FAME IS A FAITHLESS goddess, but men and women, too--have always courted her.
In these days when news spreads at the speed of sound, fame is only a tick away from any of us.
A little girl is rescued from a hole in the ground; overnight she is famous.
A big girl is caught in a compromising position with a leading political figure, and instant fame is hers.
Obviously, fame has various faces. What causes fame is salability. The serial killer is as famous, for his brief time, as the rock star. Fame's three most common attributes are sex, money and wrongdoing.
Bemused by the seeming meaninglessness of fame, a Glendale Community College teacher, Mike Eberts, gave his students a quiz designed to test his thesis: "In our culture people become famous who really haven't done anything notable, while more deserving people remain relatively unknown."
Eberts tested 51 students. He gave them the names of 25 famous Americans, along with a list of 25 brief identifying descriptions. Thus, all the student had to do was make a good guess.
Thus, one name was Billie Jean King, and two of the 25 descriptions were "tennis player" and "feminist," either of which Eberts would accept as indicating that the student was familiar with the name Billie Jean King. Incredibly, considering how little students are supposed to know these days, two persons on the list were 100% famous--that is, they were identified by all 51 students.
Incredibly also, those two persons were Dr. Martin Luther King Jr. and Jane Fonda.
Two of the definitions fit King--peace activist and civil-rights movement figure--and every one of the students identified him as one or the other. "My most pleasant surprise," Eberts says, "was to find that nearly 10 years after Dr. King's tragic death, students unanimously knew who he was and what he stood for."
It is no less of a surprise that all his students knew who Jane Fonda is. Surprisingly, though, her identity was split three ways: Only 13 knew her as a movie star; 31 identified her as an aerobics instructor, 5 as a feminist and 2 as a peace activist.
Those who scored 90% or better are an interesting group. Fernando Valenzuela, James Dean and Donna Rice each scored 96%; Vanna White scored 94% and Neil Armstrong 90%.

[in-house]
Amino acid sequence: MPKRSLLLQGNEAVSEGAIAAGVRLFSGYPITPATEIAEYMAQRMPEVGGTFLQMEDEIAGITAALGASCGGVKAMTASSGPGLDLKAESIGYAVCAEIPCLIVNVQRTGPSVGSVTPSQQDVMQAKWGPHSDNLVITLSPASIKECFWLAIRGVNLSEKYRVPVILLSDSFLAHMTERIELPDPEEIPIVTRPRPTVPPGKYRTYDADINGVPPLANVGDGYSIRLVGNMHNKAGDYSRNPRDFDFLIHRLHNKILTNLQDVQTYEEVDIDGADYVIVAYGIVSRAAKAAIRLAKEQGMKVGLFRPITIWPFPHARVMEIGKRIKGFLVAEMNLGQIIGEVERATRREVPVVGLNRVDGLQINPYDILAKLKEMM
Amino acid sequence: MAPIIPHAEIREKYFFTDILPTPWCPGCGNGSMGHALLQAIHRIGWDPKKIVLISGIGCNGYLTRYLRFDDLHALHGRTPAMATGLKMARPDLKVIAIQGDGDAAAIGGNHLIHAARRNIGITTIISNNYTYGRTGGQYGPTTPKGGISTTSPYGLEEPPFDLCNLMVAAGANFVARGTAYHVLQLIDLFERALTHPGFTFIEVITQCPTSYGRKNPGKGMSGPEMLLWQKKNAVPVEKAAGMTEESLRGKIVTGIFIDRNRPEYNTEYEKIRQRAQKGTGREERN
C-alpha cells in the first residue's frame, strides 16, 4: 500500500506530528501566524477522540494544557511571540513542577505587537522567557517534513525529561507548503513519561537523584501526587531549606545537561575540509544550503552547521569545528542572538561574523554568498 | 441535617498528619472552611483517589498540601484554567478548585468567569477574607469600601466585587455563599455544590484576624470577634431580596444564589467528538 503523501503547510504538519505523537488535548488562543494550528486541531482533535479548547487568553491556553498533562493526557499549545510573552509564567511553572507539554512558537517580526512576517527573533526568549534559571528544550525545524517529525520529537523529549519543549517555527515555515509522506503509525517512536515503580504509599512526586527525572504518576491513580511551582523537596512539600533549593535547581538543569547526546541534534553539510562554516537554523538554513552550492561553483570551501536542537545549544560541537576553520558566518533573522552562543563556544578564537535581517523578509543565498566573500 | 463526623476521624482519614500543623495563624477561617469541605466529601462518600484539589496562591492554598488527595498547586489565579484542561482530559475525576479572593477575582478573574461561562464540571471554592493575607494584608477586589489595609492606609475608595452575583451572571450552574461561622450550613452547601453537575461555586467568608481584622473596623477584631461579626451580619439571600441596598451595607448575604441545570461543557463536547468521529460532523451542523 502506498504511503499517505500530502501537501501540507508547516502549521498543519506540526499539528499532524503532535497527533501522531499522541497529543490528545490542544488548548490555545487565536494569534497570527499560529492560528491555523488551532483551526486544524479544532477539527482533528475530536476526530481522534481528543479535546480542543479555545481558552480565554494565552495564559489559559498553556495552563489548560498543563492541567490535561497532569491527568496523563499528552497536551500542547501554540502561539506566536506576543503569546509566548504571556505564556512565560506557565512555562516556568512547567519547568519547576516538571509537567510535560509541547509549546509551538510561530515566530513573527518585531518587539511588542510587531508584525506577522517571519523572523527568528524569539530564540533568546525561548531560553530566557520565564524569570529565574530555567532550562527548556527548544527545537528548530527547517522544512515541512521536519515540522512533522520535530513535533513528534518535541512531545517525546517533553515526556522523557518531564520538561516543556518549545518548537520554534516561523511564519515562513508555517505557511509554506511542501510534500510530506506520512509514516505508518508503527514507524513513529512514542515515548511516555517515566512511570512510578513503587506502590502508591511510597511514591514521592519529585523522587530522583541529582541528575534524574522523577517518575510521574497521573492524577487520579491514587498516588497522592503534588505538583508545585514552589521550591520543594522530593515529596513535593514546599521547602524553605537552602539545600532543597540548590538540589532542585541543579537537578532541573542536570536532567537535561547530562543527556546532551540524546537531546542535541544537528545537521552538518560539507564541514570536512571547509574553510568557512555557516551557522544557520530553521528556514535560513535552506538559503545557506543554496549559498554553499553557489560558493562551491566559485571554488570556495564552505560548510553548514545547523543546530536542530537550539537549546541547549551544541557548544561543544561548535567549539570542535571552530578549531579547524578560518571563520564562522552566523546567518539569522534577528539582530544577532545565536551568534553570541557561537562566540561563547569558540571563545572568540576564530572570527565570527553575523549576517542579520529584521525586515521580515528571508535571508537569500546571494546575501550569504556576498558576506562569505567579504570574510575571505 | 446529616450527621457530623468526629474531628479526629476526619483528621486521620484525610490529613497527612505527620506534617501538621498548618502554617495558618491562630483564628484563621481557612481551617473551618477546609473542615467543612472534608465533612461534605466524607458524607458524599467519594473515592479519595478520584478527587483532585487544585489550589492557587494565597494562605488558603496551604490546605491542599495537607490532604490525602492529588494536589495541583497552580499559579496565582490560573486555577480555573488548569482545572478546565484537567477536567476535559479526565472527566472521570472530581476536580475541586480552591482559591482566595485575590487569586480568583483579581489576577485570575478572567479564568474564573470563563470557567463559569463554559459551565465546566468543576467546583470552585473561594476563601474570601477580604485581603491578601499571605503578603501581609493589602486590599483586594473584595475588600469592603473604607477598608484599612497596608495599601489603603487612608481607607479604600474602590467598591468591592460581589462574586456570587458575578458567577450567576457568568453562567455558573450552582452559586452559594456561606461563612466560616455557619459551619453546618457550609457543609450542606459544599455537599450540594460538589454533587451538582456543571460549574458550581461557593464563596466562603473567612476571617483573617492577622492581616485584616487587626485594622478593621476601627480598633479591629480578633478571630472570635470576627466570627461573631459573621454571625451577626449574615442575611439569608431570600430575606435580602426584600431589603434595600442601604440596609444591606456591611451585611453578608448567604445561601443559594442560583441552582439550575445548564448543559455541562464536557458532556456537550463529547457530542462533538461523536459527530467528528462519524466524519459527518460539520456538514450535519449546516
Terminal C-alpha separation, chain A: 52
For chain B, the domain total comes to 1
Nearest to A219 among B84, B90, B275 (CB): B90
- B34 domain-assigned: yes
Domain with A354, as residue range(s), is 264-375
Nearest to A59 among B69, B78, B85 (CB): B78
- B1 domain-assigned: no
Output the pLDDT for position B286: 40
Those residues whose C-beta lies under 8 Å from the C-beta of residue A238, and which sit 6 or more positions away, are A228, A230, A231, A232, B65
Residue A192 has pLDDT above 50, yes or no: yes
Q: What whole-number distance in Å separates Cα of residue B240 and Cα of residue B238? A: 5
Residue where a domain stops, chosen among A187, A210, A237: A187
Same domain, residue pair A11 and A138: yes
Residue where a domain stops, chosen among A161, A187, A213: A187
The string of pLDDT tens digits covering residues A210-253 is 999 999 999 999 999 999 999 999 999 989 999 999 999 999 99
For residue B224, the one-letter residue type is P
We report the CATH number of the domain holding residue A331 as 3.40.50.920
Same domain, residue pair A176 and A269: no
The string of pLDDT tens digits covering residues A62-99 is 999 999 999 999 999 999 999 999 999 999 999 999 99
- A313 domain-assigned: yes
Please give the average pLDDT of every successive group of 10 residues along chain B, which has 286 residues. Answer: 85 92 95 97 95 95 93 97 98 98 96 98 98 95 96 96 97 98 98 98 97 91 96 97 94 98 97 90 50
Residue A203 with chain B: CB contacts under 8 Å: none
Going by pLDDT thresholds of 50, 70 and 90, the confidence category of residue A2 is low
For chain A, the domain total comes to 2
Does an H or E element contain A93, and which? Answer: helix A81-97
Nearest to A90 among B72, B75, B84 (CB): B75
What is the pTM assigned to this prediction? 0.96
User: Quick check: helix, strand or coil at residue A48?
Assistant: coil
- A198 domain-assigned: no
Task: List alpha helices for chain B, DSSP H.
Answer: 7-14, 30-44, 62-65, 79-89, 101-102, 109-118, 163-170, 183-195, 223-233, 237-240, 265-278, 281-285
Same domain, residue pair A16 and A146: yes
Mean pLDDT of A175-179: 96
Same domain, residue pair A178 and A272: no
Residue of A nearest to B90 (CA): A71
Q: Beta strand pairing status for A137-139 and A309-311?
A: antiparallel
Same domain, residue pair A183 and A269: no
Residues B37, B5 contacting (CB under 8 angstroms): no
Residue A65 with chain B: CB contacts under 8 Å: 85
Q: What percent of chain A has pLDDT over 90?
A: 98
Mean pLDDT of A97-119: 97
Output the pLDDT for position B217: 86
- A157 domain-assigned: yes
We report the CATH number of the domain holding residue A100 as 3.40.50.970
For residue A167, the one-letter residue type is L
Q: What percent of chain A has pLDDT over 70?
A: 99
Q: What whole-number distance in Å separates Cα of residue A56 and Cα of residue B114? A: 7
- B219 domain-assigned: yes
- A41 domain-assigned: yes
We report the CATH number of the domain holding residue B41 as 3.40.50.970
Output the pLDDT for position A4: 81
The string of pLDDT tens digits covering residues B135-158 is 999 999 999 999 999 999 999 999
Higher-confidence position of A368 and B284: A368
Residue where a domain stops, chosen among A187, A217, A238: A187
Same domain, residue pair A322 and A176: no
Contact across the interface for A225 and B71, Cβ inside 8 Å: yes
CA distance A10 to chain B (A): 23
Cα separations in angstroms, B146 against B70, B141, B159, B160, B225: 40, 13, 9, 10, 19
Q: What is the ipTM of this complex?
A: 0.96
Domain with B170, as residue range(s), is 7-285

(On Eberts' list of identities I find "Watergate figure" and "movie star." I wonder if the 13 who recognized John Dean mistook him for James.)
Eberts thought it curious that most of his students knew the name of Lt. Col. Oliver North, and most thought he had something to do with government; but most identified him as "a controversial senator" or "the commander of the U.S. military forces."
Eberts expected most to know Lyndon B. Johnson as a former President, but to the students, who are between 18 and 22 years old, he was only 78% famous--just ahead of Herbert Hoover and North.
Wouldn't it frost Lyndon to know that he was just ahead of Hoover and Ollie?
As Eberts foresaw, many persons who deserved fame had little of it. Dr. Jonas Salk, "without whom some of my students wouldn't have been walking to class," was only 31% famous--tied with the infamous Sen. Joseph McCarthy.
Eberts was most amused by the identification of Valenzuela and Betty Friedan as opera singers. (The real opera singer was Beverly Sills.)
Also, there seemed to be a tendency for students who didn't recognize a woman's name to identify her as a feminist. Thus, by chance, Friedan's fame quotient of 22% was probably abetted by a lot of guesses.
Incredibly, Eberts included my name on his list and noted that it was recognized by 15 of his students, or 29%. To me, that casts doubt on the validity of the entire project.
From the general results, I had doubts that Eberts' students could be regarded as a random group. Any group that would recognize my name could not be random. Even in Los Angeles. There must be about 5 billion people on earth who have never heard of me. I have an idea that either Eberts forces his students to read my column or that he caused them to read one just before taking the test. Even then I'm skeptical that 29% of any group would recognize my name.
Maybe Eberts merely hoped to flatter me into publishing his results.
But I have an idea that his students got me mixed up with either an opera star or a feminist.